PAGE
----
Core Course Information
The course-stream M.A. program normally takes one calender year, or three academic terms to complete. The thesis-stream MA program normally requires two years, or five terms, to complete. Most students opt for the course-stream.
A full-time course load is usually 2 to 3 courses per term. Students who register part time take no more than 2 courses per term.
Course-stream students are required to complete 5 one-term courses, plus RE693 and RE698. Thesis-stream students are required to complete 5 one-term courses (including RE693), and the thesis. Thesis-stream students are permitted to audit, but not take RE698 for credit.
course has three areas of focus: the history and current expressions of the
world’s religions, the academic study of religion, and selected noteworthy
books. It is grounded in a reading list provided by the Department each year.
Students will meet regularly with the course supervisor to discuss the books
and related topics. The course goal is for students to emerge from this
experience with a basic knowledge of the worlds religions and the ways in
which they have been studied, and with more finely-tuned discussion and
RE693 culminates in a “comprehensive examination,” based on the set reading list. The details and format of the examination will be determined by the course supervisor. At least two faculty members will assess the results.
The course will usually be offered each year during the Fall term; the examination will be offered at the end of the Fall. Normally, students will study for it in the Fall, taking the exam at the end of that term. Students are granted credit only after successfully passing the exam with a B or better, and may only repeat the examination once.
in this course will focus on an area of study of their choice, in consultation
with the course supervisor, prepare an essay of superior quality, and present
that work, or a distillation of it, orally to a public audience. By public, the
Department understands a variety of possibilities (e.g., a lecture at a university
colloquium or in an undergraduate class, at an academic conference, or other
off-campus venues, such as high school classes and talks at a public library).
The assessment of the project includes both the written work and the public
presentation, with details to be determined by the course supervisor in
consultation with the students and other faculty members.
There are several course goals. One is for students to prepare a finely-wrought piece of writing. This writing component may take one of several forms: an article written, edited, and revised as if it were being submitted to a specified scholarly journal; journalistic articles written for magazines and newspapers; review essays; critical introductions; exegeses; or papers written for oral delivery. A second goal is for students to learn ways to share their research with a public audience. A third goal is for students to work together on both the written and oral components.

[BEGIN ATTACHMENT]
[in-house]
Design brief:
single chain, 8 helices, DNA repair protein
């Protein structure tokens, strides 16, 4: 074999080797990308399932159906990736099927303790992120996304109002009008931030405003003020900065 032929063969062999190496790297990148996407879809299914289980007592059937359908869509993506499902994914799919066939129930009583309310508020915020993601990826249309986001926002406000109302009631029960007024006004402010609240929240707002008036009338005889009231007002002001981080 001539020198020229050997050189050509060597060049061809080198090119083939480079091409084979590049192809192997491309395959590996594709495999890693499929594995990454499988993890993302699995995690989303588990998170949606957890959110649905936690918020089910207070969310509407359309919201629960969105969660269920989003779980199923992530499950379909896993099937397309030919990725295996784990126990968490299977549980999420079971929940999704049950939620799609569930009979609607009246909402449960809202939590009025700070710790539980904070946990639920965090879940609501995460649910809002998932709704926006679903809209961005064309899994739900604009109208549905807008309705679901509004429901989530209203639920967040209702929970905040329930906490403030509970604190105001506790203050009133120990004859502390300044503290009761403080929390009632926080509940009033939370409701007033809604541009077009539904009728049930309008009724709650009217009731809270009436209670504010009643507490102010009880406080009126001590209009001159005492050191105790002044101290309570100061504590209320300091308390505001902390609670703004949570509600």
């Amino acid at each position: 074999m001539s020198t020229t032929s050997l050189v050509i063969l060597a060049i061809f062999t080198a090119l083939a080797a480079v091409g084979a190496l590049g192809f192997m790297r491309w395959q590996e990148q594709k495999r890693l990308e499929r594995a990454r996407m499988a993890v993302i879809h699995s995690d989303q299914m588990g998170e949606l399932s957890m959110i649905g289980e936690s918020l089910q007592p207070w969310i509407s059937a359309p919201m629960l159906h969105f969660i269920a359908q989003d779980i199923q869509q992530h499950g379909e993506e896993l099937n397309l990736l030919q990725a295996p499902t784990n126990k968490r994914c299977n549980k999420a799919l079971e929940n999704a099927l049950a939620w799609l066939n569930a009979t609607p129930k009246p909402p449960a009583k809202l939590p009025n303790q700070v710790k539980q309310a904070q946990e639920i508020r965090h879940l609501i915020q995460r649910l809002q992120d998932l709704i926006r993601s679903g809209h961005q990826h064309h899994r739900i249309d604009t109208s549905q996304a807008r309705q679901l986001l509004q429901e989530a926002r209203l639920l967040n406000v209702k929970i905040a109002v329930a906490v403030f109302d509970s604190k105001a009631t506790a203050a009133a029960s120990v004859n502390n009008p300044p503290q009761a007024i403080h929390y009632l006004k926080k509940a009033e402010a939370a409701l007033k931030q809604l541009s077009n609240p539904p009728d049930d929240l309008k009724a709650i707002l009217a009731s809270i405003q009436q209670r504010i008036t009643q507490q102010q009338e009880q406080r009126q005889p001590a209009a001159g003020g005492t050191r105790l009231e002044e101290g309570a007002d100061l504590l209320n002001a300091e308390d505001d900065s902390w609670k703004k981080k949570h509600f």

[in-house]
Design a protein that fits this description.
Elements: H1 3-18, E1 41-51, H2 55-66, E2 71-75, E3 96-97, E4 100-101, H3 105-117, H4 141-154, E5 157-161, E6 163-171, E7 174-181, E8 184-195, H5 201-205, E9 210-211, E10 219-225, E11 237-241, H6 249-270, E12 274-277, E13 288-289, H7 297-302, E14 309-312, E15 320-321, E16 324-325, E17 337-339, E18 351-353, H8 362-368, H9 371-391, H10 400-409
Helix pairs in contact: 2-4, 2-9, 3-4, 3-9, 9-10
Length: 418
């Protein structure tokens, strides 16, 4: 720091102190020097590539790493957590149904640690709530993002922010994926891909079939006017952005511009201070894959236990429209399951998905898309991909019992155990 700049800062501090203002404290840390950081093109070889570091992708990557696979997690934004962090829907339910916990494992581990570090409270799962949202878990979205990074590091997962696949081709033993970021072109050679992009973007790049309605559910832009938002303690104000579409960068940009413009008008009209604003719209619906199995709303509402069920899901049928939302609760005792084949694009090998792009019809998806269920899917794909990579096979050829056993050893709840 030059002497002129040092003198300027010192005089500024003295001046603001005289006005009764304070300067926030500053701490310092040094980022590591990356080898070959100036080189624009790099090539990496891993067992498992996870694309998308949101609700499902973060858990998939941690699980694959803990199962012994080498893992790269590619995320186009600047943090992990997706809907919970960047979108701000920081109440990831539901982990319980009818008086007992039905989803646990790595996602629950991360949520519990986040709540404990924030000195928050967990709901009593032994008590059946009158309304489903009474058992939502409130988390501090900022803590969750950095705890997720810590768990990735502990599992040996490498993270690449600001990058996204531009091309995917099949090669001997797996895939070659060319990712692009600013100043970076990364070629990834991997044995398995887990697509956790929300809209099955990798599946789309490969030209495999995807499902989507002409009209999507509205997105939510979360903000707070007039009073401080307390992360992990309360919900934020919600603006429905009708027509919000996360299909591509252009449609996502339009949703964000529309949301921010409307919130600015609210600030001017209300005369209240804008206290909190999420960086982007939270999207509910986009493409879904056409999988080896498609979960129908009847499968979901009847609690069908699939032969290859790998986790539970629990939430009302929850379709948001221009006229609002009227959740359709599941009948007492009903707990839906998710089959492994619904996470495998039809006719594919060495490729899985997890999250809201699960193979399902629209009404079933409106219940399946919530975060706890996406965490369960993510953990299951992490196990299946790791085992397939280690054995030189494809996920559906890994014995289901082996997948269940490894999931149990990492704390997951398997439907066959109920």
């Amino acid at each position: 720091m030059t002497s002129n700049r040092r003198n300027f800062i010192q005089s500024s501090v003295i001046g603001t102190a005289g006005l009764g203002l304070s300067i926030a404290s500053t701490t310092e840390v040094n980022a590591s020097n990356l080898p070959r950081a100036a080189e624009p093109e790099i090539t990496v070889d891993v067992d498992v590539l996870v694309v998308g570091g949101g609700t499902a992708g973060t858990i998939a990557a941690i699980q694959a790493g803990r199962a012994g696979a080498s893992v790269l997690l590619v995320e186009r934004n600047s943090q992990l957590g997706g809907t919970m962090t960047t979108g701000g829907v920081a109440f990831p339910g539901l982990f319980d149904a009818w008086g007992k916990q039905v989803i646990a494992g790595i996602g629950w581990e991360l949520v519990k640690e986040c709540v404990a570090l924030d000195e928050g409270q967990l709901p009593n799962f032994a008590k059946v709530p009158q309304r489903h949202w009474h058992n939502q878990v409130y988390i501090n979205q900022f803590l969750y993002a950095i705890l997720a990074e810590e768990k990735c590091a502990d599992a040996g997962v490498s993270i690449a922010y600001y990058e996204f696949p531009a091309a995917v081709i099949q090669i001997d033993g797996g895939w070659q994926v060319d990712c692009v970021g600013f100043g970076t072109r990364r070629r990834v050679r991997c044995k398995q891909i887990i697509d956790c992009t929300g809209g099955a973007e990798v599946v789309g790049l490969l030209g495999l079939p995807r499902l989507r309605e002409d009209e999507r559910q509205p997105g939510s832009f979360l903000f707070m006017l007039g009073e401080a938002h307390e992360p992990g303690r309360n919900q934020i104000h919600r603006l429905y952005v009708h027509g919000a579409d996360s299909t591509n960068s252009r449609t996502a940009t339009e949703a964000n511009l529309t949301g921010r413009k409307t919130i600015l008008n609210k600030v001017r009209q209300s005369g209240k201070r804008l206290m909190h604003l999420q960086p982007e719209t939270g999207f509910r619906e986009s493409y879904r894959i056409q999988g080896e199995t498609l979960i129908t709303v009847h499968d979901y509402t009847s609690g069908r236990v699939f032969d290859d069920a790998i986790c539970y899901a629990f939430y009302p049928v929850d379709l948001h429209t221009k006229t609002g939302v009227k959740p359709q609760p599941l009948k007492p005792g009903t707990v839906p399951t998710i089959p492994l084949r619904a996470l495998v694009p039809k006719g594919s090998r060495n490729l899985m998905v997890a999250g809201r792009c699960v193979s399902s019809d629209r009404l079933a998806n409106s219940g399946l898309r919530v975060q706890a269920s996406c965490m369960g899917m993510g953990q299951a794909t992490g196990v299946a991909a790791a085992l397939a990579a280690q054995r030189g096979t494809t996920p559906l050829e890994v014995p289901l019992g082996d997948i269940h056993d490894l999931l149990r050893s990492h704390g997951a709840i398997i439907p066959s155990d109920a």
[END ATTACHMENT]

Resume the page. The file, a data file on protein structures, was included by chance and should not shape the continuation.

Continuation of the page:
RE698 will normally be offered each year during the Spring term, and students will meet regularly as a group with the course supervisor throughout the term.
The Religion and Culture program allows students to pursue a thesis option. The thesis takes the place of three courses in order to complete degree requirements. While most of our students opt for a coursework M.A. there is no question that the thesis can be a deeply rewarding academic experience. However it usually extends the degree by one or two terms and requires significant writing, research, and organizational skills. It also requires the determination needed to follow through with necessary, sometimes repeated revisions. If you are considering writing a thesis it is imperative that you meet with the Graduate Officer sometime in the middle of the Fall term to discuss this.
To assess the viability of the topic and the student’s academic background, a student considering writing a thesis should consult during the first term with a faculty member who is an expert in the area. This potential supervisor should be in Religion and Culture, but one committee member may be from outside the department.
Once the student and faculty member agree that the thesis topic appears viable, the two will consult with other faculty members and with the Graduate Officer in order to propose a Thesis Advisory Committee. This committee is made up of three faculty members who are appointed to the Graduate Faculty at WLU or hold comparable status at another university, and who provide direction for the research. The Committee will then work closely with the student in order to help hone the topic.